A drawer is a content box that overlays the page content. It slides in from the right-hand side. This is used to display the main menu on devices with small screens. Initiating the drawer will also initiate an overlay.

Responsive table

Often tables will not fit on smaller screens. The responsive table component allows the table to scroll horizontally when there is not enough space for it to fit.

By wrapping two divs around a table and adding the class .responsive-table and .responsive-table__body.

Note: We recommend always using the responsive table, even if you don’t think it’s necessary, to ensure there are no layout issues.

Search form

The search form uses default WordPress HTML. We have used CSS to style it so the label is full width and the input and button sit next to each other.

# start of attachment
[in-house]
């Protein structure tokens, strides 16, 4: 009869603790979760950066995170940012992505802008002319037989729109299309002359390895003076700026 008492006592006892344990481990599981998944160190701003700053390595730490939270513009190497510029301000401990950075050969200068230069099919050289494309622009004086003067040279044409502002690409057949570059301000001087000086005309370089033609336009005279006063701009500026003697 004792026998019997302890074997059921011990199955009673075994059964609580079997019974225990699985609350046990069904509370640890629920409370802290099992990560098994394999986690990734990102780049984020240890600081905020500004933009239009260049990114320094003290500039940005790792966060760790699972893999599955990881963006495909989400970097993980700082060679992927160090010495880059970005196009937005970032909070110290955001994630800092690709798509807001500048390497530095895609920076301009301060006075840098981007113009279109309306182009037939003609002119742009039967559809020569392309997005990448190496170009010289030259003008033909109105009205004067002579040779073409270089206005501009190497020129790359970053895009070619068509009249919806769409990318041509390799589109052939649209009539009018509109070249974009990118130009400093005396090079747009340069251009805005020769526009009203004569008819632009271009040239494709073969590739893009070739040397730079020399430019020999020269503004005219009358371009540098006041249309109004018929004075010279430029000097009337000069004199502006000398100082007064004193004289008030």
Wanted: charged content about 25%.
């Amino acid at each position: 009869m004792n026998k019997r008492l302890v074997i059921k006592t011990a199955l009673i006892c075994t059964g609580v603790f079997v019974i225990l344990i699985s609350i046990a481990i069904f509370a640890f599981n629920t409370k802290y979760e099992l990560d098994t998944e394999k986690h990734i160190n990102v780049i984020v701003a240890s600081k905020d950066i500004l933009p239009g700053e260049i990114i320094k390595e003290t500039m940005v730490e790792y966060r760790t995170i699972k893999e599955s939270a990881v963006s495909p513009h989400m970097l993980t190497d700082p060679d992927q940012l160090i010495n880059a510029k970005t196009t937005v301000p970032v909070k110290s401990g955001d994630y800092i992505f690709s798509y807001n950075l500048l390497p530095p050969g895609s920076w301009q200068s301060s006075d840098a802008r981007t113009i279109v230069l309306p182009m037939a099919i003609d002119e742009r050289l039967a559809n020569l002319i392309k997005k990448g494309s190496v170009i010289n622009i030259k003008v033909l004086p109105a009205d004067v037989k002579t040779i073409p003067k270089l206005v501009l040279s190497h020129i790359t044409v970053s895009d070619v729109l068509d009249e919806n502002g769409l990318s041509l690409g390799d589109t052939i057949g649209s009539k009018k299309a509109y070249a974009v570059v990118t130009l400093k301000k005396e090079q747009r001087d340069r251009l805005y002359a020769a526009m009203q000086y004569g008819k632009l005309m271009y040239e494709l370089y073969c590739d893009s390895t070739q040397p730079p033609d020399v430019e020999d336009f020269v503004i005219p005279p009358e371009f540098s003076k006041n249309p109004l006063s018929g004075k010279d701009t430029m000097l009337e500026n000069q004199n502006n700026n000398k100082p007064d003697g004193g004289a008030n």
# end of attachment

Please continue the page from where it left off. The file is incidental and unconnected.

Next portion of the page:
Note: Remember to use the official WordPress function to add a search form. Do not copy and paste the HTML.

Sample output

A sample output is a scrollable box that contains HTML to demonstrate what an element looks like. It’s used in this document to demonstrate various elements and components. To display some sample output, wrap a div around some HTML with the class .sample-output.

You can add sample output inside the WordPress editor by highlighting a section and selecting “Sample block” inside the formats dropdown.

This a demo of sample output.

Testimonial

Testimonials include an author image, logo, text and some call to actions. They’re used throughout the site to display client testimonials and industry recognition.

We have helped TopCashback to be one of the 100 fastest-growing companies in the UK. For three years in a row.

“Sales nearly tripled.”

Widget

This will create a stylized grey box around your content. Add the class .widget to a div that wraps your contents. This is primarily used in the sidebar but can be used anywhere to highlight some content.

This is a widget. Any content could be placed inside of it.

Utilities